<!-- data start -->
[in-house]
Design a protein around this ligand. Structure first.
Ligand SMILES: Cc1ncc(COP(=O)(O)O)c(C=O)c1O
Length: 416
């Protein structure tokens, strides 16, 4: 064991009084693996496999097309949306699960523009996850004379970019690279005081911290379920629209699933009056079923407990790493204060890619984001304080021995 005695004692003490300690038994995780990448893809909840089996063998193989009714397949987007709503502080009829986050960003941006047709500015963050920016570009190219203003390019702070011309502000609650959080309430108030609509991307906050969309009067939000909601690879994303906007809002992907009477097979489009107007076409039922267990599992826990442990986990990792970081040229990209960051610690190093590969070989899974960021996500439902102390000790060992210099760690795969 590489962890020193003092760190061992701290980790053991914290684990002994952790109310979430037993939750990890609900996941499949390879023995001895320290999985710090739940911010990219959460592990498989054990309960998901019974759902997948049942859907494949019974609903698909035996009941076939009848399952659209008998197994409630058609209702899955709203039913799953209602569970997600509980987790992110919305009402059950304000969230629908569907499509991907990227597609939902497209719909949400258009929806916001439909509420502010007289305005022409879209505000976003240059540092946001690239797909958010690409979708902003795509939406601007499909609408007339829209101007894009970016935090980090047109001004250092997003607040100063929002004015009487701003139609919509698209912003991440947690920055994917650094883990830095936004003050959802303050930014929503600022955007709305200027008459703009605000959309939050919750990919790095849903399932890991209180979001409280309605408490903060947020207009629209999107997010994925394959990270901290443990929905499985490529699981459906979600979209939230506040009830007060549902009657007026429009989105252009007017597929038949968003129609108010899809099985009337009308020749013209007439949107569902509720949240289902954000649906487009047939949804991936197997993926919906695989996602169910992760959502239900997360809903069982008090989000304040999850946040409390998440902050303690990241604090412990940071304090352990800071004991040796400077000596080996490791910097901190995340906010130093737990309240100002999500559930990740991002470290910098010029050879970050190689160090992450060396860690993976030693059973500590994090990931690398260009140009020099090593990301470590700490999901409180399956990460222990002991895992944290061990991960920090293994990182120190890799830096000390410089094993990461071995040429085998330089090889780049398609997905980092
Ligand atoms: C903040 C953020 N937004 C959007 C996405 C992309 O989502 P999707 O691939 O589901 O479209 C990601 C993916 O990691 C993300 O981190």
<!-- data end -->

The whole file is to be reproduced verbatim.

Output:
[in-house]
Design a protein around this ligand. Structure first.
Ligand SMILES: Cc1ncc(COP(=O)(O)O)c(C=O)c1O
Length: 416
């Protein structure tokens, strides 16, 4: 064991009084693996496999097309949306699960523009996850004379970019690279005081911290379920629209699933009056079923407990790493204060890619984001304080021995 005695004692003490300690038994995780990448893809909840089996063998193989009714397949987007709503502080009829986050960003941006047709500015963050920016570009190219203003390019702070011309502000609650959080309430108030609509991307906050969309009067939000909601690879994303906007809002992907009477097979489009107007076409039922267990599992826990442990986990990792970081040229990209960051610690190093590969070989899974960021996500439902102390000790060992210099760690795969 590489962890020193003092760190061992701290980790053991914290684990002994952790109310979430037993939750990890609900996941499949390879023995001895320290999985710090739940911010990219959460592990498989054990309960998901019974759902997948049942859907494949019974609903698909035996009941076939009848399952659209008998197994409630058609209702899955709203039913799953209602569970997600509980987790992110919305009402059950304000969230629908569907499509991907990227597609939902497209719909949400258009929806916001439909509420502010007289305005022409879209505000976003240059540092946001690239797909958010690409979708902003795509939406601007499909609408007339829209101007894009970016935090980090047109001004250092997003607040100063929002004015009487701003139609919509698209912003991440947690920055994917650094883990830095936004003050959802303050930014929503600022955007709305200027008459703009605000959309939050919750990919790095849903399932890991209180979001409280309605408490903060947020207009629209999107997010994925394959990270901290443990929905499985490529699981459906979600979209939230506040009830007060549902009657007026429009989105252009007017597929038949968003129609108010899809099985009337009308020749013209007439949107569902509720949240289902954000649906487009047939949804991936197997993926919906695989996602169910992760959502239900997360809903069982008090989000304040999850946040409390998440902050303690990241604090412990940071304090352990800071004991040796400077000596080996490791910097901190995340906010130093737990309240100002999500559930990740991002470290910098010029050879970050190689160090992450060396860690993976030693059973500590994090990931690398260009140009020099090593990301470590700490999901409180399956990460222990002991895992944290061990991960920090293994990182120190890799830096000390410089094993990461071995040429085998330089090889780049398609997905980092
Ligand atoms: C903040 C953020 N937004 C959007 C996405 C992309 O989502 P999707 O691939 O589901 O479209 C990601 C993916 O990691 C993300 O981190």